'It's going to change. There is no doubt about it.' Specifically, Thrun believes, higher education is going to change. He has launched Udacity, an online university, and wants to provide mass high quality education for the world. For students in developing countries who can't get it any other way, or for students in the first world, who can but may choose not to. Pay thousands of pounds a year for your education? Or get it free online?"

(Carole Cadwalladr, Sunday 11 November 2012, The Guardian)

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CONTRIBUTOR

Simon Perkins
26 SEPTEMBER 2012

The mathematics of Hollywood blockbuster

HOLLYWOOD'S golden age may have ended in the 1950s, but it is only recently that Tinseltown appears to have hit upon a mathematical way to capitalise on our fickle attention spans.

"Film–makers have got better and better at constructing shots so that their lengths grab our attention," says James Cutting, a psychologist at Cornell University in Ithaca, New York. He analysed 150 Hollywood movies and found that the more recent they were, the more closely their shot lengths tended to follow a mathematical pattern that also describes human attention spans.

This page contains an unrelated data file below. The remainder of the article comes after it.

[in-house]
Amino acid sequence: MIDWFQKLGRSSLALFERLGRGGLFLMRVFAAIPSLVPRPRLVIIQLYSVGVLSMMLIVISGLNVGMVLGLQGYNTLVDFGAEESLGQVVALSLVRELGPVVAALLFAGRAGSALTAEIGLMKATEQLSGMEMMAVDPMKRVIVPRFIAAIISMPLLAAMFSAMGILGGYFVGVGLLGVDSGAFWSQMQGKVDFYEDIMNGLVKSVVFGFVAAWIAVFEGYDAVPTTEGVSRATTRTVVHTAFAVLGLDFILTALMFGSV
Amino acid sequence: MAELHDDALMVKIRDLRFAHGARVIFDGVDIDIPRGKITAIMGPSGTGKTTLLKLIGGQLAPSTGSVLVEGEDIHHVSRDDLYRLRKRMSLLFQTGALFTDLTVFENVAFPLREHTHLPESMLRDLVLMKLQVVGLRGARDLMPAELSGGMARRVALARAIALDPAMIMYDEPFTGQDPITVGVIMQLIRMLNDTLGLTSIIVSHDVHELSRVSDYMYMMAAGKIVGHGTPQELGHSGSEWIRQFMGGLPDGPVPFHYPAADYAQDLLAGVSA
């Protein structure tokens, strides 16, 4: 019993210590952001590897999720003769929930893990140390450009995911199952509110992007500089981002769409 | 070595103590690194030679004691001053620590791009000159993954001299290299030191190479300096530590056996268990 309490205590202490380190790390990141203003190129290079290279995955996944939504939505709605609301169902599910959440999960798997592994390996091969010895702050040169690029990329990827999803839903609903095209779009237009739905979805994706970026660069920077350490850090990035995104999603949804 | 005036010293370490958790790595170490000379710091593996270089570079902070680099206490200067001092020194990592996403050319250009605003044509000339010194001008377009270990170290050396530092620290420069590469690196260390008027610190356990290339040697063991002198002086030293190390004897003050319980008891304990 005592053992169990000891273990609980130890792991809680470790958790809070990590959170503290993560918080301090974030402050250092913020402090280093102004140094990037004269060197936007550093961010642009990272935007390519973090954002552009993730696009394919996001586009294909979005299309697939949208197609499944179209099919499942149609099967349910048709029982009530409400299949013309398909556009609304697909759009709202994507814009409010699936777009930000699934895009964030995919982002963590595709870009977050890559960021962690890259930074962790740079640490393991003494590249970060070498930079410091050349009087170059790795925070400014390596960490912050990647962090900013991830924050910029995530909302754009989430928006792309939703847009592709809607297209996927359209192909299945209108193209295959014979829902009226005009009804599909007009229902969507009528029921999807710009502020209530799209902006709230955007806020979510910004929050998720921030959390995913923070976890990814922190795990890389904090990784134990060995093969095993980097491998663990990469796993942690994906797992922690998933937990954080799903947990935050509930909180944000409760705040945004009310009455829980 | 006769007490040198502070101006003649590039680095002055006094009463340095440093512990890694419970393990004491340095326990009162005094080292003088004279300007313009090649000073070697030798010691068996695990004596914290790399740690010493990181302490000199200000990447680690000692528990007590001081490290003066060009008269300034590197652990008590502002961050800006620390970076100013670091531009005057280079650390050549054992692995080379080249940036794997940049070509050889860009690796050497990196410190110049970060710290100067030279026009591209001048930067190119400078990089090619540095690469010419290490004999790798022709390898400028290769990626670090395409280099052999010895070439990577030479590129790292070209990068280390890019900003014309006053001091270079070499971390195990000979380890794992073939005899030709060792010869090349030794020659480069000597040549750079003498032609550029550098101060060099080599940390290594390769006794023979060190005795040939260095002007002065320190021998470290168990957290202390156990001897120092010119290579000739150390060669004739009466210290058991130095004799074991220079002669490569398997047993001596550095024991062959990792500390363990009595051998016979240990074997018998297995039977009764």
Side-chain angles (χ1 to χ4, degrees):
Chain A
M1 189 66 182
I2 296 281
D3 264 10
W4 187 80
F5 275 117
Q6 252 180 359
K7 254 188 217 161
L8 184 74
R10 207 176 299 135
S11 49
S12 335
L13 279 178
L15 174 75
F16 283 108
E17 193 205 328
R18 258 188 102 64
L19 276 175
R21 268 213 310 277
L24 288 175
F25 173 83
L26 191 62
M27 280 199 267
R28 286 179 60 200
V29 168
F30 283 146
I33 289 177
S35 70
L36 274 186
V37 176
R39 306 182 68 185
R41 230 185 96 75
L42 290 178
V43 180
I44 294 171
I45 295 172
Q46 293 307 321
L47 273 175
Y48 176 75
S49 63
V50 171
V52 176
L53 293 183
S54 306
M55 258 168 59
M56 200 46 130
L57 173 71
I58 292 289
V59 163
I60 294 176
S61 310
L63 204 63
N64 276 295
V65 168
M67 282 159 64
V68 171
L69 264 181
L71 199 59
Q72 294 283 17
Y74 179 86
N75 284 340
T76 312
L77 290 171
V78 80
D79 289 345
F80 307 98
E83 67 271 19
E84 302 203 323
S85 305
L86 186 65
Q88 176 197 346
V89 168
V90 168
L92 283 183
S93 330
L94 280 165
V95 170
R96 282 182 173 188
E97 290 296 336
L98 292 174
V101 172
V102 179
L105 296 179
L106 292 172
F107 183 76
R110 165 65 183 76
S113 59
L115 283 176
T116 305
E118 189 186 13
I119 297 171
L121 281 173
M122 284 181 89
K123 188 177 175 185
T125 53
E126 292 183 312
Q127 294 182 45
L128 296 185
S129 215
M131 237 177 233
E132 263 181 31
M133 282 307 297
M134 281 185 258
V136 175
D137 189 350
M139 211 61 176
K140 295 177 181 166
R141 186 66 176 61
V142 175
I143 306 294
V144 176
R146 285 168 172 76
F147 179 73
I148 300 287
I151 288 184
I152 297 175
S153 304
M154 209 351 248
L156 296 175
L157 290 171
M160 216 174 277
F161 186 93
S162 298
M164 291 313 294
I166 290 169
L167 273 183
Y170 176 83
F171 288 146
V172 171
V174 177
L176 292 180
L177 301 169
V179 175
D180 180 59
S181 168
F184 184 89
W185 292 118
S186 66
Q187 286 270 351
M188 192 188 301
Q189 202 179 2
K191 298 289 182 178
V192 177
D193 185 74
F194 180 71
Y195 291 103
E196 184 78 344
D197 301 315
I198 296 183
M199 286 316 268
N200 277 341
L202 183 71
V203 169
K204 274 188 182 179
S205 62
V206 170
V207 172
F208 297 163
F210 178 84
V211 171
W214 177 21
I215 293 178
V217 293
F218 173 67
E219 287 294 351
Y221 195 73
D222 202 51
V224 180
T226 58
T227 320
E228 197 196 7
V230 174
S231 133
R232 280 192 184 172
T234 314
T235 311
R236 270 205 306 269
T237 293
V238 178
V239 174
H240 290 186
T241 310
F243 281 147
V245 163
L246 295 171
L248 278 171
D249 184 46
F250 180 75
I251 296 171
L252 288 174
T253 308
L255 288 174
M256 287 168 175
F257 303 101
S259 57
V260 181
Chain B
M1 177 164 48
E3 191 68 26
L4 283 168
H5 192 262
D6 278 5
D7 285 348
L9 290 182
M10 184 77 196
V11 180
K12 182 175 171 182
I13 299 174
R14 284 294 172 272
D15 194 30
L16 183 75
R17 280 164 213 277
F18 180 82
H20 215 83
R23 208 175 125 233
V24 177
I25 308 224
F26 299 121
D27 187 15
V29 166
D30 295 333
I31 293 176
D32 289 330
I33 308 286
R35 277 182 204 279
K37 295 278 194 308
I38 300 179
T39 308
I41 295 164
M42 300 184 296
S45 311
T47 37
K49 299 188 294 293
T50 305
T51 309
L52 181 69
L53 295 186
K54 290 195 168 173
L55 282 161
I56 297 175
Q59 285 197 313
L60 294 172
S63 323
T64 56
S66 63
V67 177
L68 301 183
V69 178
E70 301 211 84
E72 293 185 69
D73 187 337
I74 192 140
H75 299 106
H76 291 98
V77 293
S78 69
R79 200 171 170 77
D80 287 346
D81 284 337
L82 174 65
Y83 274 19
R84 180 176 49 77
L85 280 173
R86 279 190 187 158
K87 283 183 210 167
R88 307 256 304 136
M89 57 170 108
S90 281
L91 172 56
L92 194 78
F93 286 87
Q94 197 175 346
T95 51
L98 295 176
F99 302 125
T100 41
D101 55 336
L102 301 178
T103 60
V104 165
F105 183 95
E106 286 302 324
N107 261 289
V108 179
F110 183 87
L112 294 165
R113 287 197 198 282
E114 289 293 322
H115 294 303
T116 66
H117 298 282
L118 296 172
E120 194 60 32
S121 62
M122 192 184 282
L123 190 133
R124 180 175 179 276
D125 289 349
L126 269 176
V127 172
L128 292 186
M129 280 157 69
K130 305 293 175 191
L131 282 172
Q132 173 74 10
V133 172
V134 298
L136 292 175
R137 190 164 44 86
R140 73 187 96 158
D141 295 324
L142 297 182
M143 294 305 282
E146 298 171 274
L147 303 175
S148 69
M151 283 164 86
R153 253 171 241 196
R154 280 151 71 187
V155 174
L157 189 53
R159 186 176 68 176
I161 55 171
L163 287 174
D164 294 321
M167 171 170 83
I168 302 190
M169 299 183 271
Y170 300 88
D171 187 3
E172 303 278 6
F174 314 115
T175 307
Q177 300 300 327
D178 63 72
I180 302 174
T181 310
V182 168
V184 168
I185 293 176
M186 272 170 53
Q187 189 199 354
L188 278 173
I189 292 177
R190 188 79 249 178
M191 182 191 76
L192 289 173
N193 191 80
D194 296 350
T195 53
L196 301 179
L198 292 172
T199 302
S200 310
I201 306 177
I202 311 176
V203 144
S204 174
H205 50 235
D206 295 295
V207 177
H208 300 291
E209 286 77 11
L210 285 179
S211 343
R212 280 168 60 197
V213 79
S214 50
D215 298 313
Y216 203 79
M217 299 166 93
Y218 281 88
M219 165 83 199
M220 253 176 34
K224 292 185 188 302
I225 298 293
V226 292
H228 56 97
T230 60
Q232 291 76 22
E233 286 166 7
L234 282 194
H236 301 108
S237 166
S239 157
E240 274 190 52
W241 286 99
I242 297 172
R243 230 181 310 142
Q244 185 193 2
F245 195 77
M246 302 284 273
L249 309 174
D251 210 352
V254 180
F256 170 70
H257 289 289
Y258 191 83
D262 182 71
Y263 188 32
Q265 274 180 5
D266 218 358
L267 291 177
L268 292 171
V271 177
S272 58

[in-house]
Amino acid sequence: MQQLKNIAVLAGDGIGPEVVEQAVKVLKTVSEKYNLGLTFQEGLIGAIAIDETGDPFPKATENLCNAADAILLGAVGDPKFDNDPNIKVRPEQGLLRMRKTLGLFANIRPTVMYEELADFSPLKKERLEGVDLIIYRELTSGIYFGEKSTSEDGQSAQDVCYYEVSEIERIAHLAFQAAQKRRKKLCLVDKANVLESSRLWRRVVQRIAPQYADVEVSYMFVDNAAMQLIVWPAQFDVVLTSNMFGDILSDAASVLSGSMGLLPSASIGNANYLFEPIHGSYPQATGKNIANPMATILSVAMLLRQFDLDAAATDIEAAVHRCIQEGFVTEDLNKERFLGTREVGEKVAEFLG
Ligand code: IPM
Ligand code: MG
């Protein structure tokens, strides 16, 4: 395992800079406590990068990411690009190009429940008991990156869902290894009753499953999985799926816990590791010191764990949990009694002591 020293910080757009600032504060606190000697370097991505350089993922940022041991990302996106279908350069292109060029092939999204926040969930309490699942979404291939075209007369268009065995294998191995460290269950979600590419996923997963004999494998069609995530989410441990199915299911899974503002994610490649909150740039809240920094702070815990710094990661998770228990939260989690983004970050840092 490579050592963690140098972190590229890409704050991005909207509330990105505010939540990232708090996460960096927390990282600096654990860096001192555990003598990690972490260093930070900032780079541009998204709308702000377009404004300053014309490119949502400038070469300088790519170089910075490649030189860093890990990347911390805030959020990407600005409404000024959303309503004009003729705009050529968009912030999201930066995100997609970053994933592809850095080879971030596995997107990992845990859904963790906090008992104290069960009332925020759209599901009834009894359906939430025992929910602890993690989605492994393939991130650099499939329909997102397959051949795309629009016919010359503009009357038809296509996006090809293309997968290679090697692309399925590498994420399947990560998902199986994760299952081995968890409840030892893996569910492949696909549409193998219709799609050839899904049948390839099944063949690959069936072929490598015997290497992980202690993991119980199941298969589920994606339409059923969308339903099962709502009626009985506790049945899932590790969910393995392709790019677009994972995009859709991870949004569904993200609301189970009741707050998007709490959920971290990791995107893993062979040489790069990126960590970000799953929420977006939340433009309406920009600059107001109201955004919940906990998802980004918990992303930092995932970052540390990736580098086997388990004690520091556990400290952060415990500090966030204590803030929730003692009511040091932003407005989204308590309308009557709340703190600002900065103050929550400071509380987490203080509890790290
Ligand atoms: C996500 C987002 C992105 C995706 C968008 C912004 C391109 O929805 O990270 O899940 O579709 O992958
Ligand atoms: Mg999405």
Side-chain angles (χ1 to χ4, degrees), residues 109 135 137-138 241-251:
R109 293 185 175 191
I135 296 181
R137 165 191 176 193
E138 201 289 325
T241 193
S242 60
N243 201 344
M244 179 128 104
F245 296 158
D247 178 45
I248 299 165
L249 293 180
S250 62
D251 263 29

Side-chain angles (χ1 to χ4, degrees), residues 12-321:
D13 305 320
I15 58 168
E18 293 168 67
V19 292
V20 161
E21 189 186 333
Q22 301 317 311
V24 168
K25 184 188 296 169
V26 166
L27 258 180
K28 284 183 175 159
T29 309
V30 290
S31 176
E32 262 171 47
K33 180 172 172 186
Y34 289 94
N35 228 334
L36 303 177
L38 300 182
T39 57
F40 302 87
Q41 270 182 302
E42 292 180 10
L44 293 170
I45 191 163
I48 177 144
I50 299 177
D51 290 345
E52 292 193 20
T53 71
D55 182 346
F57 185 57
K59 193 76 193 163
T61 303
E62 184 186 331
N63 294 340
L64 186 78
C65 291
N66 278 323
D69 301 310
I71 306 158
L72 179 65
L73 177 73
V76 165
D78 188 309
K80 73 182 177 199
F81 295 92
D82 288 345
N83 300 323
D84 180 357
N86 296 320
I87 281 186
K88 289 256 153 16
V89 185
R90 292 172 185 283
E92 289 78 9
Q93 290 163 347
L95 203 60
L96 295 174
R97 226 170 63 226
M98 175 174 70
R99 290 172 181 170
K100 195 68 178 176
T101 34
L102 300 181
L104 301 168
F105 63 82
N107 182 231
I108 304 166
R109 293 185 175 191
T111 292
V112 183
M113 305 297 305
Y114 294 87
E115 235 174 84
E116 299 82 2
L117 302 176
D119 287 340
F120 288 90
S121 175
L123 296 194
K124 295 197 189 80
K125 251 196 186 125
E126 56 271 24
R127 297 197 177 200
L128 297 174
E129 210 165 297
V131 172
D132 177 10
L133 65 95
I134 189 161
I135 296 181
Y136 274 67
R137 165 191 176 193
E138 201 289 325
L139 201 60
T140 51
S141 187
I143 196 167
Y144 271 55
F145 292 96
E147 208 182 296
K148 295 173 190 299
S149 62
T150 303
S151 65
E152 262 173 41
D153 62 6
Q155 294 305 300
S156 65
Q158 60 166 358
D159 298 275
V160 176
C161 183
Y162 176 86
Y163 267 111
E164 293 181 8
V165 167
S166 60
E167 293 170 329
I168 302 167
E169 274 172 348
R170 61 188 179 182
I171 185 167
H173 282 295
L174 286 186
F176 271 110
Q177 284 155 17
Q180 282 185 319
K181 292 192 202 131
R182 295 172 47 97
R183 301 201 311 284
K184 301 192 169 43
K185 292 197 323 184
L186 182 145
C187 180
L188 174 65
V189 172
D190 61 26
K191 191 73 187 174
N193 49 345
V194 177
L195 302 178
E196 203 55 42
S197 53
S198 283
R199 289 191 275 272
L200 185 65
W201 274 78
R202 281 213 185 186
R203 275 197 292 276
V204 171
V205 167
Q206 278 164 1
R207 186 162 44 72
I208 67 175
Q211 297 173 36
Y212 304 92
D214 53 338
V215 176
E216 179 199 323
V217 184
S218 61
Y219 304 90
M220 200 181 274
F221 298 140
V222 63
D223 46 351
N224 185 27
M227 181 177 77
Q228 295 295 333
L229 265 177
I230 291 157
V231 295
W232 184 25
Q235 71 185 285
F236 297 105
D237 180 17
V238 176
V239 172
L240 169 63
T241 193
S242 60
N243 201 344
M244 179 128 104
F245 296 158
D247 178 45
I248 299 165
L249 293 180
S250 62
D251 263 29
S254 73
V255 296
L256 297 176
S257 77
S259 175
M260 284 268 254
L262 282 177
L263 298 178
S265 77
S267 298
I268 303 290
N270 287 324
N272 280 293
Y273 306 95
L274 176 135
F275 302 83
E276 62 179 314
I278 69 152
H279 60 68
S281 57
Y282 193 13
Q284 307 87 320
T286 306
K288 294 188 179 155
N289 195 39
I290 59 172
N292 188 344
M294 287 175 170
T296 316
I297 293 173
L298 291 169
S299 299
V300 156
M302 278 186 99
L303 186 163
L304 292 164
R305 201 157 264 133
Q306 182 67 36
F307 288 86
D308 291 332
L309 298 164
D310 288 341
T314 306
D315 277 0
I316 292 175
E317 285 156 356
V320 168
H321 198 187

In the 1990s, a team at the University of Texas, Austin, measured the attention spans of volunteers as they performed hundreds of consecutive trials. When they turned these measurements into a series of waves using a mathematical trick called a Fourier transform, the waves increased in magnitude as their frequency decreased.

(Ewen Callaway, 18 February 2010, New Scientist)

TAGS

1/f law1950s • a series of waves • algorithmalgorithmic filters • attention spans • consecutive trials • constructing shots • Cornell University • decreased frequency • filmmaker • Fourier transform • golden agegrab our attentionHollywoodHollywood movies • human attention spans • increased magnitude • James Cutting • mathematical algorithm • mathematical patternmeasurementneurocinematicsNew Scientist • our fickle attention spans • psychological analysispsychological perceptionpsychological sciencepsychology • shot lengths • Tinseltown • University of Texas

CONTRIBUTOR

Tessa Szwarnowska
19 AUGUST 2009

The Daedalus Integrated Writing Environment